WWF: Agriculture can deliver 30% of climate solutions by 2030
The agricultural sector can provide up to 30% of the solutions needed by 2030 to tackle the global climate crisis, a new WWF-led initiative has claimed.
Land use-related activities such as food produce, unsustainable forest management and infrastructure development are a major driver of global climate change, but according to the 30X30 coalition, they account for a “paltry amount” of climate funding.
Businesses, cities, regions and citizens have therefore been urged to take the necessary action to conserve and restore land.
“To curb climate change, we must address the second-greatest source of emissions: our use of land,” said Manuel Pulgar Vidal, head of WWF’s global climate and energy practice.
“By taking concrete action, businesses and local leaders can also encourage national governments to more aggressively reduce carbon emissions using every resource available, including trees, grasses and soil."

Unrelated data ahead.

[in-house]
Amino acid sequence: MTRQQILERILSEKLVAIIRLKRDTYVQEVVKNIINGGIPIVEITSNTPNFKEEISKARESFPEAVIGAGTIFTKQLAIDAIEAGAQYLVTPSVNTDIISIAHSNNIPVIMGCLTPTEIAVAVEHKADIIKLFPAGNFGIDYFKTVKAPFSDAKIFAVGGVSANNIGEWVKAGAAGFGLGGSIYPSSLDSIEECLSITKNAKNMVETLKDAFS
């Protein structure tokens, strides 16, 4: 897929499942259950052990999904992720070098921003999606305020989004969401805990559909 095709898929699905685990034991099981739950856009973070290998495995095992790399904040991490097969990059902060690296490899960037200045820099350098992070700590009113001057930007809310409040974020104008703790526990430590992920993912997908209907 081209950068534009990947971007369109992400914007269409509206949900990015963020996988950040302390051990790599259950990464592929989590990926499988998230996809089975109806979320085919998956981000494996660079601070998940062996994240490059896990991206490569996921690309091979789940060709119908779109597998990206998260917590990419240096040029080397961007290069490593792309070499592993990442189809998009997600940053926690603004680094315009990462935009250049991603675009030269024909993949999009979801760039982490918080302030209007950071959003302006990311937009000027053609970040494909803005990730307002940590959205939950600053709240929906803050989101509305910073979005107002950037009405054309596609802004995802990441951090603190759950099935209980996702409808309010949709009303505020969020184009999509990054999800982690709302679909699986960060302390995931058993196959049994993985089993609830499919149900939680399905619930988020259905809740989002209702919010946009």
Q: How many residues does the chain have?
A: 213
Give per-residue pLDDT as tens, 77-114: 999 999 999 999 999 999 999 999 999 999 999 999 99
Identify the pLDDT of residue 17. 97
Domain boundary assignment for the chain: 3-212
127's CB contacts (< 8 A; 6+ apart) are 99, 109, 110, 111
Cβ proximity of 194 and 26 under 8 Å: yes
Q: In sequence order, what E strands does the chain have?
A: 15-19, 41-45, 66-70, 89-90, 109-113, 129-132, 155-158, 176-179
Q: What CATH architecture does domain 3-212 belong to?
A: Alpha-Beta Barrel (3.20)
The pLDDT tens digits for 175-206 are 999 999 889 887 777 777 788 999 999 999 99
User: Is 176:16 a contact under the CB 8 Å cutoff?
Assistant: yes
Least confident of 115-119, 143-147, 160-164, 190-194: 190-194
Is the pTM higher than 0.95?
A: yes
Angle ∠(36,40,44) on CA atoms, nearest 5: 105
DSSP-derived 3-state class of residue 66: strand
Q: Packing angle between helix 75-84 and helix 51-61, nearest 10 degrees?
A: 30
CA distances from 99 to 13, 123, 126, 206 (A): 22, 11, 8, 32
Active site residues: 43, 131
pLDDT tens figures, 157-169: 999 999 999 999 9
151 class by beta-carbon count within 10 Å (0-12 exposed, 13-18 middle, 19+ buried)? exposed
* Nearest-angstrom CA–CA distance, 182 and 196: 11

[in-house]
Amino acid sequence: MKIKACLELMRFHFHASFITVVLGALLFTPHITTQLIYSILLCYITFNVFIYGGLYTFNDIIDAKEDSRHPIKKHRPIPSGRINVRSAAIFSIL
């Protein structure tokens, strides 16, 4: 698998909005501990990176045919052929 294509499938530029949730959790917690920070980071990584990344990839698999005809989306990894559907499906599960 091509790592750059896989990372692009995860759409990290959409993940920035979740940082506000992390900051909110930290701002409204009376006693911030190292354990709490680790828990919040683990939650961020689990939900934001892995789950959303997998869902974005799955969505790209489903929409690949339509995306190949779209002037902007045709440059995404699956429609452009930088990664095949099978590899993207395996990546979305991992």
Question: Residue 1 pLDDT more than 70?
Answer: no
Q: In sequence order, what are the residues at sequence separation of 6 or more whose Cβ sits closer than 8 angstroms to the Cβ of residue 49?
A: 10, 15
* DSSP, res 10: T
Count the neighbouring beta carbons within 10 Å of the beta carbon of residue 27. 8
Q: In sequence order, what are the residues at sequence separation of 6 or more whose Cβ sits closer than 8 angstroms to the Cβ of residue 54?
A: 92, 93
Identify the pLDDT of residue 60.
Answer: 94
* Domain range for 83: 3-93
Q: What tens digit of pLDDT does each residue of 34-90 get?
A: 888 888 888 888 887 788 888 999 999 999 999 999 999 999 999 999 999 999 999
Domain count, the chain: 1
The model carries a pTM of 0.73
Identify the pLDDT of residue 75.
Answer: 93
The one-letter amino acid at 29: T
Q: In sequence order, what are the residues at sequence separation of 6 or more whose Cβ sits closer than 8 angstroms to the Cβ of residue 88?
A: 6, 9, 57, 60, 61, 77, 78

Responsibility and opportunity
The coalition states that key stakeholders can tackle the challenge by helping to halve food loss and waste by 2030. Action must also be taken to sequester one gigatones of carbon per year in forests and enable better production of food and fibre by unlocking finance, the group insists.
“Climate change is already disrupting and destabilising our global food and agricultural systems,” said Unilever's chief executive Paul Polman.
“By eliminating habitat loss and degradation from our supply chains, we can prevent the emission of billions of tonnes of greenhouse gases (GHGs). Businesses like ours have a responsibility and an opportunity to help the nations of the world meet and exceed the goals of the Paris Agreement.”
The call comes ahead of the Global Climate Action Summit in September which will bring business leaders and policymakers together to make stronger commitments to climate change. The event will be co-chaired by California Governor Jerry Brown, who last week challenged the likes of Amazon, Facebook and Caterpillar to measure their climate impact.